On 04/03/2011 13:49, Philip Newton wrote:
 > In it, the author describes how _šnu_ "sing" in Kabyle
 > apparently derived from Arabic _šani'a شنئ_ "hate"...
 > which seemed a bit improbable at first, until he found a
 > plausible link. (Read the article for details.)


> Anyway, I thought it's an interesting article on
> conlanging, especially in the case of diachronic
> development or borrowing, where derivation and/or cognacy
> is obscured by shifts like these.


> And that if all
> relationships between words are obvious, the development
> may not be very naturalistic :) (For example, if a
> Romlang can be easily read, with correct comprehension,
> by anyone with a good knowledge of Vulgar Latin and a
> cheat-sheet of sound changes.)

Yes, indeed. Equipped with a cheat list of sound and
spelling changes from Vulgar Latin to modern contemporary
French, for examples, may cope with a quite a bit of
vocabulary, but there are an awful lot of exceptions and
lacunae. Two obvious ones come to mind:

One would expect VL _vespa_ (wasp) to be *vêpe - it ain't;
it's _guêpe_. Blame Germanic settlers for that.

One would expect VL _a'more_ (love) to give *ameur - it
doesn't (tho i have been told _ameur_ survives in dialect
for the rutting of animals); the actual modern French word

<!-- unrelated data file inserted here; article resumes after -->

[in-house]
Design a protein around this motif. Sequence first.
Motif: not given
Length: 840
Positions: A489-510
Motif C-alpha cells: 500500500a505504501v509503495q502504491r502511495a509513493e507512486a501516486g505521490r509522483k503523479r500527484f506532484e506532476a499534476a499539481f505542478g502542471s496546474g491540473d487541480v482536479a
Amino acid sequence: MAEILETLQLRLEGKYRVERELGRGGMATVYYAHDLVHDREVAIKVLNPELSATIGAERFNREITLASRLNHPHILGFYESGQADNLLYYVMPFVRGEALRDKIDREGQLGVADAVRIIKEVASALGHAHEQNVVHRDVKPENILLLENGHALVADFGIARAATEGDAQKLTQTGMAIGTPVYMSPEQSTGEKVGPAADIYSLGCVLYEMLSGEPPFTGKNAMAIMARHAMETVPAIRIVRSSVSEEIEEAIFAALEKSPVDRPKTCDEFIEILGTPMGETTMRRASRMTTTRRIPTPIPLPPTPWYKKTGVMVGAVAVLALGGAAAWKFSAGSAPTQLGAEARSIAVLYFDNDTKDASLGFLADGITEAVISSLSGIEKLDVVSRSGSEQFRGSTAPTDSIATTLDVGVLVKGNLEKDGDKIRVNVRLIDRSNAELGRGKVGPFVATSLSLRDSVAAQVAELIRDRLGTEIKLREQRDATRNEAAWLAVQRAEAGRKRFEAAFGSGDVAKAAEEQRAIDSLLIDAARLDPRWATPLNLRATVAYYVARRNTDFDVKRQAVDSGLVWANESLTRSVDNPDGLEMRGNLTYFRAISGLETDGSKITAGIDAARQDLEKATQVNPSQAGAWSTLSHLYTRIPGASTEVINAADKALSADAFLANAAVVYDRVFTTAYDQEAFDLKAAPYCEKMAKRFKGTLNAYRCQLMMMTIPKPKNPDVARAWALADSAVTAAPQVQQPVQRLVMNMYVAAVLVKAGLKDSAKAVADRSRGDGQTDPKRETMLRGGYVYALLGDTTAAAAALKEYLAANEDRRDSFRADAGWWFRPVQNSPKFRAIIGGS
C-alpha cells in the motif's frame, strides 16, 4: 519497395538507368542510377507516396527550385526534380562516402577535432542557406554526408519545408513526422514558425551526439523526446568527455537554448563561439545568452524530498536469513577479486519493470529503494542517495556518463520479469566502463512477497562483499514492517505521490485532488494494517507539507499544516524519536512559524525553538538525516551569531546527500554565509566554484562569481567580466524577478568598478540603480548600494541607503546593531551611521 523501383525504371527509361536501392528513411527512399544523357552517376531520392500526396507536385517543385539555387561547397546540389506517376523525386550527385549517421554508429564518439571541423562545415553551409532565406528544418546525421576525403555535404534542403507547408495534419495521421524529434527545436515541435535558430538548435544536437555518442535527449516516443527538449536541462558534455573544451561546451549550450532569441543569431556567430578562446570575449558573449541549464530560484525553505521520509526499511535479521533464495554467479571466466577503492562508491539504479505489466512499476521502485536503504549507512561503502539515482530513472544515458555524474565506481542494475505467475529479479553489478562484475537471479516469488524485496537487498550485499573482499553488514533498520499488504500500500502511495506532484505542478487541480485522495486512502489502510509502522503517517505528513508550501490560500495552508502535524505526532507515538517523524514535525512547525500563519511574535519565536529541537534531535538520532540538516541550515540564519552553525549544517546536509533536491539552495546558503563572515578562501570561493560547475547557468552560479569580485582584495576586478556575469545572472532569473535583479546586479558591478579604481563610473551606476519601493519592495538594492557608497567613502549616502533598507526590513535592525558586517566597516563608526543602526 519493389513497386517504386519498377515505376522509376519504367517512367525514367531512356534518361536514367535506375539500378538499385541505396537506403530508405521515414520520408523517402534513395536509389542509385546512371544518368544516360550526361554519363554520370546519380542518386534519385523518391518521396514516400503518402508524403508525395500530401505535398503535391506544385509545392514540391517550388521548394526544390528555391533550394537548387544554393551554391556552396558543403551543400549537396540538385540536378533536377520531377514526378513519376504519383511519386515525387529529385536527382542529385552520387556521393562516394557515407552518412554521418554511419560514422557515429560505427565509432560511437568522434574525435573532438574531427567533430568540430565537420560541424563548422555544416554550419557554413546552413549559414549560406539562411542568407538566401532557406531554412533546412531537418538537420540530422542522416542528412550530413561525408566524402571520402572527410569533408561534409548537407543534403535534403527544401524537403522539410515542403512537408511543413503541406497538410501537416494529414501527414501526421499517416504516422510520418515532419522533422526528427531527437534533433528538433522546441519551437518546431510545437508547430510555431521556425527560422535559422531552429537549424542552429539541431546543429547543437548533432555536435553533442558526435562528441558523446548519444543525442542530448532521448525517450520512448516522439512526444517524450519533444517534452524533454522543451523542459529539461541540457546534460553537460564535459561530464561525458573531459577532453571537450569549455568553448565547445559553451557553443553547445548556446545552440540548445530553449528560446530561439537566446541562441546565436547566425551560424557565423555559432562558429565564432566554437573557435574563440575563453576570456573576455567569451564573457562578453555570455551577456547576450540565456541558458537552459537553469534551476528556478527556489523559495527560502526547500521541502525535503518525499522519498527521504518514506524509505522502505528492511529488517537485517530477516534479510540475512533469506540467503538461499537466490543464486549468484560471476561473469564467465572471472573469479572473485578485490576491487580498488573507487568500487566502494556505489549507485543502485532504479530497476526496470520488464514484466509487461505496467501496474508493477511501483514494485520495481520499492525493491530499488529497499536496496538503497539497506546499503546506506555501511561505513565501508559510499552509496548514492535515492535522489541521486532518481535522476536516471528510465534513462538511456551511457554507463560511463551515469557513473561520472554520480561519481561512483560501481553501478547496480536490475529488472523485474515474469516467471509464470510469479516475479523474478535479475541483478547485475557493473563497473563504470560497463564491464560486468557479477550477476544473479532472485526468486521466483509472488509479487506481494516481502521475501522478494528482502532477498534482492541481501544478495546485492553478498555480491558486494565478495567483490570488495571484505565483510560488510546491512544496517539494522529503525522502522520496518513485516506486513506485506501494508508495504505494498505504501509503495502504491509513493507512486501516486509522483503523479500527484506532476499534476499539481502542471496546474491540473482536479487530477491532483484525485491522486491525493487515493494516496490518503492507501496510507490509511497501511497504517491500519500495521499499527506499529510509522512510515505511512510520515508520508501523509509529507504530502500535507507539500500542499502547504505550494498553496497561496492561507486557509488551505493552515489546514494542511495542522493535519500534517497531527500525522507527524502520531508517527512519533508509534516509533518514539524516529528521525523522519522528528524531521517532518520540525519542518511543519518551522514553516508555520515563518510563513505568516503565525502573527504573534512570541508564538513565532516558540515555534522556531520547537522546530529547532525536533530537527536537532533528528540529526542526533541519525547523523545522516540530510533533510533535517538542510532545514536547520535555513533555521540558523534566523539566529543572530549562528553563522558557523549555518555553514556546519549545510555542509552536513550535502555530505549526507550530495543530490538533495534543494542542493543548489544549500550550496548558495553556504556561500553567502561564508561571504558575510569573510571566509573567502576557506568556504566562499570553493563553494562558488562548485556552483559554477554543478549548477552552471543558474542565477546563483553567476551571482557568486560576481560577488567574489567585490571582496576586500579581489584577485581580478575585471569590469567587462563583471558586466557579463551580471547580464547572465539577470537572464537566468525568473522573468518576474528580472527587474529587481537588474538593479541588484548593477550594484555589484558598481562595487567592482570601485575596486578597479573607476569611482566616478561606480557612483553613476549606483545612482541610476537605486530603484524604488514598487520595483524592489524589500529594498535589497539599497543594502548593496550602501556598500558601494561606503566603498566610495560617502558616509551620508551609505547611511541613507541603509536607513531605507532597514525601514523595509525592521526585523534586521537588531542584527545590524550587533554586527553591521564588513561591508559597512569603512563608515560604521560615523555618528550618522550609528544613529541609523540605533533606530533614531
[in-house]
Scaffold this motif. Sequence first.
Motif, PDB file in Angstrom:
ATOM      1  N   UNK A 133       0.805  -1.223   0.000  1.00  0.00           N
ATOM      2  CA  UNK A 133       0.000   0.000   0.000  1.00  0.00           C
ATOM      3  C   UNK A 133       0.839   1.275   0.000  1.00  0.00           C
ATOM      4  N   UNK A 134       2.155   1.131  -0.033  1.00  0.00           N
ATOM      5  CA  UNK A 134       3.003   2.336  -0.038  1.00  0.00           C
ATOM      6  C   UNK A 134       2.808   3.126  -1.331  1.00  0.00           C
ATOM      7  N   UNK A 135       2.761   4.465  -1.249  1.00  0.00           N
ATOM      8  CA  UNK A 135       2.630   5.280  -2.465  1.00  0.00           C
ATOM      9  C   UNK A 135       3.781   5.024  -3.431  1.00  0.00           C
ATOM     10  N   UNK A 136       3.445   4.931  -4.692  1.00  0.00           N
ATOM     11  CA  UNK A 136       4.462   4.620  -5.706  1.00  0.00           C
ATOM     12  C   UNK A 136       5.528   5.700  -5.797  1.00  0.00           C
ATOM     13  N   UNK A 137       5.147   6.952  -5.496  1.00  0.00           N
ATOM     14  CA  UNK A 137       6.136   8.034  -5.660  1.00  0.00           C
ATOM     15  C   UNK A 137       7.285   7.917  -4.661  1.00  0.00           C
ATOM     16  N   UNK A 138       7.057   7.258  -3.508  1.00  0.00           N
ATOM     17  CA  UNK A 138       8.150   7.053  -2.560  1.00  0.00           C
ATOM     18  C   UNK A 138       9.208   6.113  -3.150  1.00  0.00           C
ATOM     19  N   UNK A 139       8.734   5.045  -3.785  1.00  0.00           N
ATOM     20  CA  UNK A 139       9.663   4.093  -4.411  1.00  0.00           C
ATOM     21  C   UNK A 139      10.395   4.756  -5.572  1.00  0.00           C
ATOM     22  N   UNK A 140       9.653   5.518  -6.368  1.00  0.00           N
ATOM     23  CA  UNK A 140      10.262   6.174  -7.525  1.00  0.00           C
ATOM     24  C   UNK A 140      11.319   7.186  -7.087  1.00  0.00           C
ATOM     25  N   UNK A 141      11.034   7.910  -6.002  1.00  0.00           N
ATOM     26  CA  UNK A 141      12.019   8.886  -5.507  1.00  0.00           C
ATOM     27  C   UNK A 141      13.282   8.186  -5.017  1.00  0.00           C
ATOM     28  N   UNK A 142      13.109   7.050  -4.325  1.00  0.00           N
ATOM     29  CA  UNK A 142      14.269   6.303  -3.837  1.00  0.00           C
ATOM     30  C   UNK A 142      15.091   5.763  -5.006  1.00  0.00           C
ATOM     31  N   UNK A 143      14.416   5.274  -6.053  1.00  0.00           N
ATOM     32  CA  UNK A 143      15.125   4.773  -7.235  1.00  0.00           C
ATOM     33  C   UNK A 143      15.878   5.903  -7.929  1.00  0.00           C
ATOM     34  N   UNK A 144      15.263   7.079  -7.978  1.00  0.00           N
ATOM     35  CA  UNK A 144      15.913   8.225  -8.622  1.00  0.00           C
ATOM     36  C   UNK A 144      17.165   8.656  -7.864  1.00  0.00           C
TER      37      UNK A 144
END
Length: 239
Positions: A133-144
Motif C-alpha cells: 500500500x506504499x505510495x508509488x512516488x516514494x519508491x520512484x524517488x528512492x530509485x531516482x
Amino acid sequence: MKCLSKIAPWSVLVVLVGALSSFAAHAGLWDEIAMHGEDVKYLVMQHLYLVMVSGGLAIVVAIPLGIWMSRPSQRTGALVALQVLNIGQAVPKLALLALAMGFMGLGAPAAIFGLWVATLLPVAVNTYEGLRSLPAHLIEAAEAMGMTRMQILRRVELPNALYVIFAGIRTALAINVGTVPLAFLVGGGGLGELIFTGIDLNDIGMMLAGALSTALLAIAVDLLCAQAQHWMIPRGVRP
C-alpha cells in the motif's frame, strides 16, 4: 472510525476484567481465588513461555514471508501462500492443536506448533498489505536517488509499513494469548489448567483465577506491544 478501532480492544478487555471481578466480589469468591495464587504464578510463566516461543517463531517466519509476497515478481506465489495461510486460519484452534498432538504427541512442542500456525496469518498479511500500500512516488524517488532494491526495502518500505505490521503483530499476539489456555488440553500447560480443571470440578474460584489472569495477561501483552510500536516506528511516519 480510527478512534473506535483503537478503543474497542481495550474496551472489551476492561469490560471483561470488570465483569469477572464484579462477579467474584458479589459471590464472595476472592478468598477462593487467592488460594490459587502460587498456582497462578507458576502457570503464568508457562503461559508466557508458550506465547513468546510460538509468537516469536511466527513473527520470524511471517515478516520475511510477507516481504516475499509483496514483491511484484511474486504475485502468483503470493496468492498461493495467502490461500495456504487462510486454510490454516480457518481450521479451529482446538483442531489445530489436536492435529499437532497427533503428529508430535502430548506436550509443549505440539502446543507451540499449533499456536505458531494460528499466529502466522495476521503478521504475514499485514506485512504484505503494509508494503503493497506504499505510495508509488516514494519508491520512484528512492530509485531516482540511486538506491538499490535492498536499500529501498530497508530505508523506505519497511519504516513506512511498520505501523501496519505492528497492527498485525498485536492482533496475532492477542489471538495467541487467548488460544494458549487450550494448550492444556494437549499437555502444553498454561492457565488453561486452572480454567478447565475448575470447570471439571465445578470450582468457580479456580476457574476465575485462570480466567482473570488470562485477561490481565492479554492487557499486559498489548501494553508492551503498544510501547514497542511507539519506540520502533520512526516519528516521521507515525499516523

for 'love' is _amour_ - an irregularity? Well, yes - it's
borrowed from southern Occitan. Probably partly because the
influence of the troubadours but also, I suspect, because the
southern word sounded more 'pink & fluffy' than the regular

Applying the great sound change/ orthography change to verb
forms would produce nothing much resembling the modern
French verb system where analogy, leveling out of
irregularities etc has been rife.

There's also change in semantic. Altho _poison_ is derived 
regularly from VL _poti'one_ (drink), it doesn't mean 
"drink" in modern French!

And both French _blesser_ (to wound) and English _bless_ are 
from the same German root, the modern words don't mean the 
same. And why did the French abandon the VL _vUlnE'rare_ in 
favor of this Germanic word?

And so one could go one and on and on.

If one wants a Romlang to appear naturalistic, there's a
good deal more to be done than just applying the "master
plan" to Vulgar Latin  ;)

The same considerations, of course, would apply to a
Slaviconlang, Celticonlang or Germaniconlang etc.

Frustra fit per plura quod potest
fieri per pauciora.
[William of Ockham]